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THERE was a curious point in the play of this harmless-looking deal. It was the type of play that you remember if you have seen it before, but which is remarkably easy to overlook at the table if it is strange to you. When the hand came up in match play, only one declarer got matters right.


S. 8 5

H. 9 3

D. Q J 10 7 5 3

C. K 6 4


S. A K 4 3

H. A K 5 2

D. 6 4

C. A Q J


S. Q J 10 9 6

H. 10 6

D. K 9 8 2

C. 8 5


S. 7 2

H. Q J 8 7 4

D. A

C. 10 9 7 3 4

South opened Two No-trumps (it was difficult to find a sensible alternative despite the diamond weakness) and North raised to game in no-trumps - more practical than trying for game in diamonds.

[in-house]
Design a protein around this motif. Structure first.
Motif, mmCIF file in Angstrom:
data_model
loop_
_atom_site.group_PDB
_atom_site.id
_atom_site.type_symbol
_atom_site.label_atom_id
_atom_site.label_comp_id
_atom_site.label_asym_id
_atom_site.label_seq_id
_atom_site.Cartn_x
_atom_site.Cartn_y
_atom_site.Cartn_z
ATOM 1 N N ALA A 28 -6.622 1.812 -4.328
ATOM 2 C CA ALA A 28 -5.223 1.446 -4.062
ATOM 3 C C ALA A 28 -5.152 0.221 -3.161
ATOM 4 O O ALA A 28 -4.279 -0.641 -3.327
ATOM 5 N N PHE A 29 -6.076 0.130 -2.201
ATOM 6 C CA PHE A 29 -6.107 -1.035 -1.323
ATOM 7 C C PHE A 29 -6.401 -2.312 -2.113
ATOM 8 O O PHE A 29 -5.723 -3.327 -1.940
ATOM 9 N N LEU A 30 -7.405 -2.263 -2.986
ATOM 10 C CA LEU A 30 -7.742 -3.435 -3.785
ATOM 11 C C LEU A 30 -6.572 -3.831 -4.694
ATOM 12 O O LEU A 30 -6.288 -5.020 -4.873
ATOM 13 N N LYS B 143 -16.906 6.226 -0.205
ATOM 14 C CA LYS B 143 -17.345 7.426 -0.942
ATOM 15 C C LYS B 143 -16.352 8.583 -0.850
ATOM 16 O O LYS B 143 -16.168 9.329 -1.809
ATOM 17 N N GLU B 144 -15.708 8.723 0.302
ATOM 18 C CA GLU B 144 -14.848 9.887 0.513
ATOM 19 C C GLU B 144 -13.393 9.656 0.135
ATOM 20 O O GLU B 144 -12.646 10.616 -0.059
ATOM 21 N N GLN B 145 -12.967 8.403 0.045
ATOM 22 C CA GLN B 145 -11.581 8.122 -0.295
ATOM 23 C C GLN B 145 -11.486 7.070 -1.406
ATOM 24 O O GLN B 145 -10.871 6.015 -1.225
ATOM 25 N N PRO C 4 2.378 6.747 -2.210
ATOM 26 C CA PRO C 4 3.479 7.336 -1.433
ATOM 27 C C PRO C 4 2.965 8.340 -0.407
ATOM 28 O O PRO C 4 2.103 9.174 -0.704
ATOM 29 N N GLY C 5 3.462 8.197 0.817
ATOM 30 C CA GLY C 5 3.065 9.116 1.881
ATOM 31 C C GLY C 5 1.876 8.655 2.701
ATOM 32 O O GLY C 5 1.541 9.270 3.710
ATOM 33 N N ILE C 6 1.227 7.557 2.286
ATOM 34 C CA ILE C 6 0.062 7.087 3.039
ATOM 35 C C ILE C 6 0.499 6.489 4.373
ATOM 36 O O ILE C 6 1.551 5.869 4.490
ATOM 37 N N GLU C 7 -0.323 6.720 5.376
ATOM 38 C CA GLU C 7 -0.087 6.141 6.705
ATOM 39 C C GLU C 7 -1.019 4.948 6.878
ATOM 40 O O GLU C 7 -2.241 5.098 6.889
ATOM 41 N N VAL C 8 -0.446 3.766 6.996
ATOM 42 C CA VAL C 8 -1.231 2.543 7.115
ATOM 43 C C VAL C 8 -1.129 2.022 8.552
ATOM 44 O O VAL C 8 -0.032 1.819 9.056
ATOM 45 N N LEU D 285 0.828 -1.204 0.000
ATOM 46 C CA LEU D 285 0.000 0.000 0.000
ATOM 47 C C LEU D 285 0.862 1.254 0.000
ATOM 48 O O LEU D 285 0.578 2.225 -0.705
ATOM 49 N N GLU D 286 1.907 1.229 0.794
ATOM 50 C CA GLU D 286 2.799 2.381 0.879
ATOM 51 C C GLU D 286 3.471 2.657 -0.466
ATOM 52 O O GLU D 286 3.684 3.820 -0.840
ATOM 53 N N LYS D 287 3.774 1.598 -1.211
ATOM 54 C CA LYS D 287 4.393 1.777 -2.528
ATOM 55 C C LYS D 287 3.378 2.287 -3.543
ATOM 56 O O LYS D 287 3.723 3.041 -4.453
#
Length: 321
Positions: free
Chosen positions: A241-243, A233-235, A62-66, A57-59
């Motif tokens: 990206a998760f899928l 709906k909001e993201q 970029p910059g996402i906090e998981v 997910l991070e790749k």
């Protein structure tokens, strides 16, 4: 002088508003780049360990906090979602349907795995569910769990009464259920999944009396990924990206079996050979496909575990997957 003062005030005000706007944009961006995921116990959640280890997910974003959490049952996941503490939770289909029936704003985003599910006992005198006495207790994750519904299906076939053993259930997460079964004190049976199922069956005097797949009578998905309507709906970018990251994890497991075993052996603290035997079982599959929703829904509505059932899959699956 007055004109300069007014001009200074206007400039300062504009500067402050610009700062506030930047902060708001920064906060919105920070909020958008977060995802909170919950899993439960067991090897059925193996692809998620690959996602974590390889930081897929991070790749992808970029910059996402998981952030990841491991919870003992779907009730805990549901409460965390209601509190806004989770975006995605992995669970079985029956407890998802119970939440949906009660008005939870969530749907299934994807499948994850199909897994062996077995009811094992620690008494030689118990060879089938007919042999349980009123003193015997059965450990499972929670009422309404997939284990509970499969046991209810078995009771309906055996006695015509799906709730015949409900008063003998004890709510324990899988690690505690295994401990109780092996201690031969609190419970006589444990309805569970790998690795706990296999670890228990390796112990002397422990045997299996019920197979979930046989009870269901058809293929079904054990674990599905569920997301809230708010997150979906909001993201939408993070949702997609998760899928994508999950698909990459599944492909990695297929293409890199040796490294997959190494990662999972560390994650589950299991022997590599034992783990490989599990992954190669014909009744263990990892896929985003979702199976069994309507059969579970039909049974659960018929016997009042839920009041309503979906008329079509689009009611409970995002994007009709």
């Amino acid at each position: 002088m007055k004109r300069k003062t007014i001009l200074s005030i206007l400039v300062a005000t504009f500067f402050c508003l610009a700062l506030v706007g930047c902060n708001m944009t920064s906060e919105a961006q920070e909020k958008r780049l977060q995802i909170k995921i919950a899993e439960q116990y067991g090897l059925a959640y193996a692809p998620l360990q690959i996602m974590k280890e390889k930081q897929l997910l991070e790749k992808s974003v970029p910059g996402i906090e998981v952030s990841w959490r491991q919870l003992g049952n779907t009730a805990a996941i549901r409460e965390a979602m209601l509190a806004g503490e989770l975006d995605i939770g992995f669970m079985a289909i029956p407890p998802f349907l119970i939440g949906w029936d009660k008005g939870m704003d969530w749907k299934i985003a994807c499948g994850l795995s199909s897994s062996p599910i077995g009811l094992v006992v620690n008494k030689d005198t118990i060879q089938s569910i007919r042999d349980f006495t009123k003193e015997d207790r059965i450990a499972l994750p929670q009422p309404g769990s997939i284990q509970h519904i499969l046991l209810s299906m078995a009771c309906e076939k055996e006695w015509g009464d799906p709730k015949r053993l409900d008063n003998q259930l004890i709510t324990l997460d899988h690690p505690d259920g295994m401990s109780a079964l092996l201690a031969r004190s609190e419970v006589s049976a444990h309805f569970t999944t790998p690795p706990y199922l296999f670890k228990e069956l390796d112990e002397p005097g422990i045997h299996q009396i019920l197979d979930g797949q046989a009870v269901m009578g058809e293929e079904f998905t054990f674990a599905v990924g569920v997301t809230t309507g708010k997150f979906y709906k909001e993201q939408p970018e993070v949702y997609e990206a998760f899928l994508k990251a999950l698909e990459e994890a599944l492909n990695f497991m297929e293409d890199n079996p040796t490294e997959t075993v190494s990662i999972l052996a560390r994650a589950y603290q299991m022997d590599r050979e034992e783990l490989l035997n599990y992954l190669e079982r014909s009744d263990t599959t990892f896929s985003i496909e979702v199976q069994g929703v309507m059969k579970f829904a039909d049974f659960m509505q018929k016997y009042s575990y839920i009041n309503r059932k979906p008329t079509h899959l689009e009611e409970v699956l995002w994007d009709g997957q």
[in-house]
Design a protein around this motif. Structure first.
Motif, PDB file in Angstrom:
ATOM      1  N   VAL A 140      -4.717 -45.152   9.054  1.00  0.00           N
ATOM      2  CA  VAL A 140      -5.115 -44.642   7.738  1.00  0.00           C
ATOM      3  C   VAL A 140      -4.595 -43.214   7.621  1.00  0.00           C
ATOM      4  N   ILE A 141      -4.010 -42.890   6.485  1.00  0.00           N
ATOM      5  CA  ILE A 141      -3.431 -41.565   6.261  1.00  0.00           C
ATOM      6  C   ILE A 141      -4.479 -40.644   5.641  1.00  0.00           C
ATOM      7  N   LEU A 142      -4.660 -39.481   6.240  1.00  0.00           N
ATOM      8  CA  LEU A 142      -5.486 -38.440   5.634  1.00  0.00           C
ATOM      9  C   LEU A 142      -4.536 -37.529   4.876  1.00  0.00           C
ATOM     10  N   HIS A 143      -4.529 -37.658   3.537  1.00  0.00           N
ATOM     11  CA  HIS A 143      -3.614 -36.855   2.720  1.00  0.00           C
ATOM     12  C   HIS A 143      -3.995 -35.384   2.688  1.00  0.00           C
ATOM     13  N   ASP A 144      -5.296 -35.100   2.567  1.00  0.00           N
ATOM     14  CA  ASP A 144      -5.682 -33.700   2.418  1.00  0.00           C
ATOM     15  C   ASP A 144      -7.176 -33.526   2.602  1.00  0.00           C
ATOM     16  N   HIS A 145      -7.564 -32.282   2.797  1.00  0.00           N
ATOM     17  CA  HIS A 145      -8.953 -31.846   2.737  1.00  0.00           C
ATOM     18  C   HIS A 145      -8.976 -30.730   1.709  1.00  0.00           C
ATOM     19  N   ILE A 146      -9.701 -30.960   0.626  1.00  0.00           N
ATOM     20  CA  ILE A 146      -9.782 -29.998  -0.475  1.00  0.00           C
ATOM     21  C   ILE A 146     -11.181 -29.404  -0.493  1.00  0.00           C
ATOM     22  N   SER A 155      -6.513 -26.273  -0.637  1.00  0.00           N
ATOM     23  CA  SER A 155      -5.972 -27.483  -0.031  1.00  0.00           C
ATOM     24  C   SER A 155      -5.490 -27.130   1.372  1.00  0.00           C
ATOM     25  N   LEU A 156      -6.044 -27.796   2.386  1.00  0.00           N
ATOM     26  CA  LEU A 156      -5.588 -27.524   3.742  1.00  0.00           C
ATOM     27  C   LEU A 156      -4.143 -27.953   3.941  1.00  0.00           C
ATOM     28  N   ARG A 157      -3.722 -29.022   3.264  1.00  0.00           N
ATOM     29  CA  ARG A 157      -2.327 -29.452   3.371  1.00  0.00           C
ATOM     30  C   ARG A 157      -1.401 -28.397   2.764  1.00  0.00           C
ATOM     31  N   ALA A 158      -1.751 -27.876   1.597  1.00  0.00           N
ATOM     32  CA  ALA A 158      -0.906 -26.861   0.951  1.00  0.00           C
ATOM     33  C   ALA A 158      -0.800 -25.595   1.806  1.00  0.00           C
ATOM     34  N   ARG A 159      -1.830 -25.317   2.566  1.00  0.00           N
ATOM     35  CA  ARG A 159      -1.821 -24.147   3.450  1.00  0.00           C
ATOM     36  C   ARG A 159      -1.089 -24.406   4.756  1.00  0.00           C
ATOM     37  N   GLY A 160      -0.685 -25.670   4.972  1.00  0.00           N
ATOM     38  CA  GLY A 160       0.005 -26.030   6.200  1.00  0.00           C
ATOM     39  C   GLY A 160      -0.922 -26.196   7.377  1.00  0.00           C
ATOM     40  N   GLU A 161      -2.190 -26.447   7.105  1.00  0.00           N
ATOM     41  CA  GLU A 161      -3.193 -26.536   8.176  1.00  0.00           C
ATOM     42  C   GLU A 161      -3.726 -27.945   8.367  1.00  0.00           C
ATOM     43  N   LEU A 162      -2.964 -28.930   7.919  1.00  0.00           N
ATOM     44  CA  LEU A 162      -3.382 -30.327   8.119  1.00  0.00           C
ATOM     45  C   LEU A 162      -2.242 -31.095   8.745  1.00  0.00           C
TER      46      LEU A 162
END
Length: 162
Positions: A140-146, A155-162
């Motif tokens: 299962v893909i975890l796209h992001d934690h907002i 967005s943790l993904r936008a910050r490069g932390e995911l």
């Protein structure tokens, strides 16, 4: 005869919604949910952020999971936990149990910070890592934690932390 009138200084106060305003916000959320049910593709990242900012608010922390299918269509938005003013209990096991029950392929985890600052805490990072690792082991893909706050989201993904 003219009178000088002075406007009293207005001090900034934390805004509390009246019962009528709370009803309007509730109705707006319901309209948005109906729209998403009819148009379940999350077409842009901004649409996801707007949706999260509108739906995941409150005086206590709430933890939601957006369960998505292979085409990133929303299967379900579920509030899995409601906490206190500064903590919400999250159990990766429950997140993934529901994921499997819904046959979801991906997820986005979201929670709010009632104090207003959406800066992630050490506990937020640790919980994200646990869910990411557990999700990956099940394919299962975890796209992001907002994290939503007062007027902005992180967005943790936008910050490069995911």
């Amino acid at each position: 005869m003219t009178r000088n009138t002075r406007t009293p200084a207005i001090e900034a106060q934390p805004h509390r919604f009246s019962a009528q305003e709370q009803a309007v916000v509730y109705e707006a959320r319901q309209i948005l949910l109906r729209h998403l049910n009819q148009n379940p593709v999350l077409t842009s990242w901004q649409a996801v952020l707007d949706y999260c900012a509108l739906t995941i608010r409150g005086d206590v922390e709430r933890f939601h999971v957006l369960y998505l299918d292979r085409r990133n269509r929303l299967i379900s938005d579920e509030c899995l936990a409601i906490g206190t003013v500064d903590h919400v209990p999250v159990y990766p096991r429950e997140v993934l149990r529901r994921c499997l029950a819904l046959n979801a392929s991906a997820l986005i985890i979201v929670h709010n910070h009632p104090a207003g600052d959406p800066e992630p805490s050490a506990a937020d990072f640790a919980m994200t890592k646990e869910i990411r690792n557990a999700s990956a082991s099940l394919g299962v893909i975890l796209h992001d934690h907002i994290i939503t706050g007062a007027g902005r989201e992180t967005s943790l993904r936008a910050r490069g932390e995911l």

West led the queen of spades against Three No- trumps, was allowed to win the trick, and continued with the jack to South's king. With only seven top winners, it was obviously necessary to bring in the diamond suit. One declarer led low to the queen and ace, won the heart return, and led another diamond to the ten. This held, but when East showed out it was the end of the suit, and South had to be satisfied with eight tricks.

At the other table, declarer read a little more into the possibilities of the diamond suit. If the missing diamonds divided 3-2, he argued, it was certain competent defenders (unless one of them held ace-king alone) would let him win the first trick. Then, with only the king of clubs as a side entry to dummy, the suit could not be brought in. The best chance was to duck the first round of diamonds in the hope that the suit broke 4-1 with a singleton honour.

You can see the sequel - East's ace of diamonds fell on nothing, the next diamond was led from the South hand, and with the king of clubs as an entry to the table, 10 tricks rolled in.